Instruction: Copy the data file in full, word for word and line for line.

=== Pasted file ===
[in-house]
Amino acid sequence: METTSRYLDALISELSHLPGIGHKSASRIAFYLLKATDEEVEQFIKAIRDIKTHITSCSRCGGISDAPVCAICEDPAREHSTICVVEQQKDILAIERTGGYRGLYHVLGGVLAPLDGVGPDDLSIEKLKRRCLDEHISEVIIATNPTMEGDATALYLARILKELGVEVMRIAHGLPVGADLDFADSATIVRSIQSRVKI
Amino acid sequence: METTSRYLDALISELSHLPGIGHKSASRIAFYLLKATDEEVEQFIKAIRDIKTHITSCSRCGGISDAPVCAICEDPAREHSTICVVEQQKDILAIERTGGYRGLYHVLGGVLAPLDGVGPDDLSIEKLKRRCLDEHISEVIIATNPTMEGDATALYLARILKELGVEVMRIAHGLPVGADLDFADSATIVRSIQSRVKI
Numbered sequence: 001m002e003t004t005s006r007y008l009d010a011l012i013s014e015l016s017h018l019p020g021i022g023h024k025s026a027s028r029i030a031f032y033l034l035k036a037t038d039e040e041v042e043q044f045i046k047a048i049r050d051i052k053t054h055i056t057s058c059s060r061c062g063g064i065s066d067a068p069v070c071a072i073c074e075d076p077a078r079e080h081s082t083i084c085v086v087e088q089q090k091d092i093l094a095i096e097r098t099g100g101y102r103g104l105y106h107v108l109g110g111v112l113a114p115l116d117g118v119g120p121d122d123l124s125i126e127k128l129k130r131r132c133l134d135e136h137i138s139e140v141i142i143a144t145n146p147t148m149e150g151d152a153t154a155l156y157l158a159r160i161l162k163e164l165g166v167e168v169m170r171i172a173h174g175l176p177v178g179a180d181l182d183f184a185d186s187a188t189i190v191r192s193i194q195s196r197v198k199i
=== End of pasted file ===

[in-house]
Amino acid sequence: METTSRYLDALISELSHLPGIGHKSASRIAFYLLKATDEEVEQFIKAIRDIKTHITSCSRCGGISDAPVCAICEDPAREHSTICVVEQQKDILAIERTGGYRGLYHVLGGVLAPLDGVGPDDLSIEKLKRRCLDEHISEVIIATNPTMEGDATALYLARILKELGVEVMRIAHGLPVGADLDFADSATIVRSIQSRVKI
Amino acid sequence: METTSRYLDALISELSHLPGIGHKSASRIAFYLLKATDEEVEQFIKAIRDIKTHITSCSRCGGISDAPVCAICEDPAREHSTICVVEQQKDILAIERTGGYRGLYHVLGGVLAPLDGVGPDDLSIEKLKRRCLDEHISEVIIATNPTMEGDATALYLARILKELGVEVMRIAHGLPVGADLDFADSATIVRSIQSRVKI
Numbered sequence: 001m002e003t004t005s006r007y008l009d010a011l012i013s014e015l016s017h018l019p020g021i022g023h024k025s026a027s028r029i030a031f032y033l034l035k036a037t038d039e040e041v042e043q044f045i046k047a048i049r050d051i052k053t054h055i056t057s058c059s060r061c062g063g064i065s066d067a068p069v070c071a072i073c074e075d076p077a078r079e080h081s082t083i084c085v086v087e088q089q090k091d092i093l094a095i096e097r098t099g100g101y102r103g104l105y106h107v108l109g110g111v112l113a114p115l116d117g118v119g120p121d122d123l124s125i126e127k128l129k130r131r132c133l134d135e136h137i138s139e140v141i142i143a144t145n146p147t148m149e150g151d152a153t154a155l156y157l158a159r160i161l162k163e164l165g166v167e168v169m170r171i172a173h174g175l176p177v178g179a180d181l182d183f184a185d186s187a188t189i190v191r192s193i194q195s196r197v198k199i